Serious and incurable genetic disorders inflict a heavy burden on the affected couples. In the presence of genetic predisposition for severe diseases, the affected couple should consider whether they wish to pursue a pregnancy with the risk of having a child (possibly once again) with serious genetic defects or whether they acknowledge the child's disorder and terminate the"trial pregnancy." After many years of discussions, some of which were controversial, a decision has now finally been reached in the German Federal Parliament: preimplantation genetic diagnosis (PGD) of embryos will be permitted when strict requirements are fulfilled. The German Federal Parliament voted on this topic on 7 July 2011 after a lengthy debate; 326 members voted in favor of authorizing limited PGD and 260 were opposed. PGD represents an alternative to prenatal diagnosis for couples with genetic predisposition for disorders. After the decree issued by the Federal Court of Justice on the legality of PGD, when adhering to strict indications, the University Hospital for Gynecology in Lübeck began to perform the procedure. A pregnancy was achieved after PGD in the case of predisposition for Desbuquois syndrome, a skeletal anomaly inherited in a monogenic manner in which the heart and lung cannot develop and which usually involves intrauterine or early postnatal death.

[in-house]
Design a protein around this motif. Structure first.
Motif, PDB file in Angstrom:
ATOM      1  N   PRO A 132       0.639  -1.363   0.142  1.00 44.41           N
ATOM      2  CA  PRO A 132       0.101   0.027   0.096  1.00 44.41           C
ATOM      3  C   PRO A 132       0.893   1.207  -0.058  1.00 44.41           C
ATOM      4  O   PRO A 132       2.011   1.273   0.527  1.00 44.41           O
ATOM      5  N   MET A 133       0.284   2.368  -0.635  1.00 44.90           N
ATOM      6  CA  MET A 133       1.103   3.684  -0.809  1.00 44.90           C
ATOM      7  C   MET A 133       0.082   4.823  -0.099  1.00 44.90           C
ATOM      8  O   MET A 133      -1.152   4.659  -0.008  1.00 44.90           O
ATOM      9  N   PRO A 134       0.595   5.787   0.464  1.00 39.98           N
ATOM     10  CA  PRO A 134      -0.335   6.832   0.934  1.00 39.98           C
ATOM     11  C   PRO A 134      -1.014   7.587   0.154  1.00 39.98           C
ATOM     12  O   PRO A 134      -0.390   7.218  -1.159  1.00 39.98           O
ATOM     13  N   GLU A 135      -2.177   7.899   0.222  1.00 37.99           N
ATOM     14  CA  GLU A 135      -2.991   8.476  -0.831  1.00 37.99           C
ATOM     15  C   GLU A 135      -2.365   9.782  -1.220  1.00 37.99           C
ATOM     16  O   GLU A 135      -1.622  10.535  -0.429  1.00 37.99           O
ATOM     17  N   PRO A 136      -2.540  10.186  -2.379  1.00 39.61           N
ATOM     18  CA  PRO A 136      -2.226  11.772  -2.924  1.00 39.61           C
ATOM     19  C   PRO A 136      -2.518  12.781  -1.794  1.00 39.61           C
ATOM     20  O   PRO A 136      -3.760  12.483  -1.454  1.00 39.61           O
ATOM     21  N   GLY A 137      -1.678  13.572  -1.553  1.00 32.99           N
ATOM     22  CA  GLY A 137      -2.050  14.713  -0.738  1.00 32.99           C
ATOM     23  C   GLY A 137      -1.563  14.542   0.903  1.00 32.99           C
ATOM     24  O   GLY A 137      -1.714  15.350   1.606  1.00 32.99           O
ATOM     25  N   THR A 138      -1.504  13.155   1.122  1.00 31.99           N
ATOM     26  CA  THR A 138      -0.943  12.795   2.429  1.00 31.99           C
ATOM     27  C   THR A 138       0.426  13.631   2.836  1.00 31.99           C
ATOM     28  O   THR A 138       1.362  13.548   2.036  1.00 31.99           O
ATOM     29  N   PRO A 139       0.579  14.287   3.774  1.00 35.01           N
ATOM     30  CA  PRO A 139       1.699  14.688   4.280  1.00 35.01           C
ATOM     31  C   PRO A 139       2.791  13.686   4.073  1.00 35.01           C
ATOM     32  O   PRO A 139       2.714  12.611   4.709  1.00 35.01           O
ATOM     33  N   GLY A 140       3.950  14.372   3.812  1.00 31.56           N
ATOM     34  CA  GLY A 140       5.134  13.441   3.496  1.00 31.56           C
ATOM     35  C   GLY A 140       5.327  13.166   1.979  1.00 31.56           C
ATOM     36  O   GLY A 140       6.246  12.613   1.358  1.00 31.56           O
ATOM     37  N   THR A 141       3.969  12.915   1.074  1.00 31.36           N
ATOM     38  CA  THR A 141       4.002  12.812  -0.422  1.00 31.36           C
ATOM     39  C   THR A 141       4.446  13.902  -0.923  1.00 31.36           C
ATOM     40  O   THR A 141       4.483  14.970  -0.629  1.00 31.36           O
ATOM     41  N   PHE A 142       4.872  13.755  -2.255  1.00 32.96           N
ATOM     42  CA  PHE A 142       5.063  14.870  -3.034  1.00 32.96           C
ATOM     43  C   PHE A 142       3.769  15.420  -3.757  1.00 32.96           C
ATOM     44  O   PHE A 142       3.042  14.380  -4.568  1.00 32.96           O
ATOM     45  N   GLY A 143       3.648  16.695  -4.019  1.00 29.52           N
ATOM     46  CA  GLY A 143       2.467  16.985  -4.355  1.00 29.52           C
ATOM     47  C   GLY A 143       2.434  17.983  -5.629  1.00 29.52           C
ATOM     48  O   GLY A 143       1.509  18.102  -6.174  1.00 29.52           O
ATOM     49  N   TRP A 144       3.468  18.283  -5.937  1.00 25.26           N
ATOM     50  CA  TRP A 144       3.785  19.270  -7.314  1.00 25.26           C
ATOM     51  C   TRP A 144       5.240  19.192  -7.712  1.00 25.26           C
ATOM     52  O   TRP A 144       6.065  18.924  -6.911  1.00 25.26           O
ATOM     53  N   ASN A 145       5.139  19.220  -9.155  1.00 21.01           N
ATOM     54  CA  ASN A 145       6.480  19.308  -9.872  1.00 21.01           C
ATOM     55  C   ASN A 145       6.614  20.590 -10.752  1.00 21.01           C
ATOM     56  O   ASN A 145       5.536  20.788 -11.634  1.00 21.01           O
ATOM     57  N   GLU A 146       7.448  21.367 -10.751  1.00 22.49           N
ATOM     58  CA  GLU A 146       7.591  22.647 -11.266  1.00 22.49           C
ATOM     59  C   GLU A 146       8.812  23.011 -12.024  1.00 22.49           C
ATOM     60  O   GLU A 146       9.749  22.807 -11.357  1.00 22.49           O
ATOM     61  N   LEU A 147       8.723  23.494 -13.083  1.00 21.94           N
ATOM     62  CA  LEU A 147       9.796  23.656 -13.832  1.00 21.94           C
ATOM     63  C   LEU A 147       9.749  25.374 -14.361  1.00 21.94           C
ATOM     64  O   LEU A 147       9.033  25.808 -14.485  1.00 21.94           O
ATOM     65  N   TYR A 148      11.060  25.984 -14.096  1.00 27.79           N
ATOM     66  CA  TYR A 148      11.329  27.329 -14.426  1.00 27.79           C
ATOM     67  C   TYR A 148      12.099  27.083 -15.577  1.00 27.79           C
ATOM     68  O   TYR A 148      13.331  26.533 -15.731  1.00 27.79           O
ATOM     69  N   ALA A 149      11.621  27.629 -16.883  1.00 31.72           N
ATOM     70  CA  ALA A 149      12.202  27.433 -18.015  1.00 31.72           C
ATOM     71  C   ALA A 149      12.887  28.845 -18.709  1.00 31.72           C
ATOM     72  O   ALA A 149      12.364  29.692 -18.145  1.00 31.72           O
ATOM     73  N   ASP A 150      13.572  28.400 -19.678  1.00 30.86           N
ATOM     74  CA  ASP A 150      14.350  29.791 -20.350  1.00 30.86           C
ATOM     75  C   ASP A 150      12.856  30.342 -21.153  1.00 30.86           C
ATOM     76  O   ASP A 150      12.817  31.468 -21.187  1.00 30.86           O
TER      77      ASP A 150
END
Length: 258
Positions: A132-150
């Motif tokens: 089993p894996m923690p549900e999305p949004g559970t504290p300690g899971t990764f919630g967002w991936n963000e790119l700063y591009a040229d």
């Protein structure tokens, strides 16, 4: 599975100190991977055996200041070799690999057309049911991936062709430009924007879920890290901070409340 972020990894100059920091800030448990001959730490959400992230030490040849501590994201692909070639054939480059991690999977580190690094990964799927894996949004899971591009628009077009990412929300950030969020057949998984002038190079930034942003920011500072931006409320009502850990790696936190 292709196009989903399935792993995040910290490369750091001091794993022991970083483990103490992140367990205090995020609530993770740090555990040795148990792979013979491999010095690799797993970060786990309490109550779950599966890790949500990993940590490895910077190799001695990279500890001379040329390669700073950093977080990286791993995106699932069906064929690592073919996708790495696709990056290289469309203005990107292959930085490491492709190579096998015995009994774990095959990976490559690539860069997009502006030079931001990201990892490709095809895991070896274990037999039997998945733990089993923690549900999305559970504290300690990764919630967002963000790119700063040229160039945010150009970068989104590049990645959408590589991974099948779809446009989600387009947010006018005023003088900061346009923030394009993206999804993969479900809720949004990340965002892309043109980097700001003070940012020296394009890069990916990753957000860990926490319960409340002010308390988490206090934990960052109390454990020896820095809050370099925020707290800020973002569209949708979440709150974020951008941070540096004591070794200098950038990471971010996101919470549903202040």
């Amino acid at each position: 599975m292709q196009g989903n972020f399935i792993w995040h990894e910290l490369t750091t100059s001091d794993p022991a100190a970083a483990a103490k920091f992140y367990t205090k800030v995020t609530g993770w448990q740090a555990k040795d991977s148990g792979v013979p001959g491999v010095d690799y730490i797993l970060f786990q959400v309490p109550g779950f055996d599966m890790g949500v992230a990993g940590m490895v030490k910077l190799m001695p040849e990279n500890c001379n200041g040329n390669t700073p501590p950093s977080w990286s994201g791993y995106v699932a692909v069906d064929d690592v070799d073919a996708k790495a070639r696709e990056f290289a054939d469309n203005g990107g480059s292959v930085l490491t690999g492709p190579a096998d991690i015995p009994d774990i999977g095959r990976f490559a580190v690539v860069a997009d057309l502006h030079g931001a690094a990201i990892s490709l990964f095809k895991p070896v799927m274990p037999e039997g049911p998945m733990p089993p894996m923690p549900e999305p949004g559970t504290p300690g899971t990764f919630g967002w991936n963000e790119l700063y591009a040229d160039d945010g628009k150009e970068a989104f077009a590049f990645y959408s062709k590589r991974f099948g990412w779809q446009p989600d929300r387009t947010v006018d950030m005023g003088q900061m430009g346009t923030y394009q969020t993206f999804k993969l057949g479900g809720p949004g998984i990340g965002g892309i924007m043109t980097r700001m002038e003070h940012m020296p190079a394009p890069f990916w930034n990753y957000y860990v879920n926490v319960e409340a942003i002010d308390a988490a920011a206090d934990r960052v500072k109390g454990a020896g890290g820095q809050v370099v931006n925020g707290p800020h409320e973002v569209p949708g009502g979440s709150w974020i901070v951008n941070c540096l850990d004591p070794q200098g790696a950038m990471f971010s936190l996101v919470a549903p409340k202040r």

Research Areas and Centers
- Research Area: Medical Genetics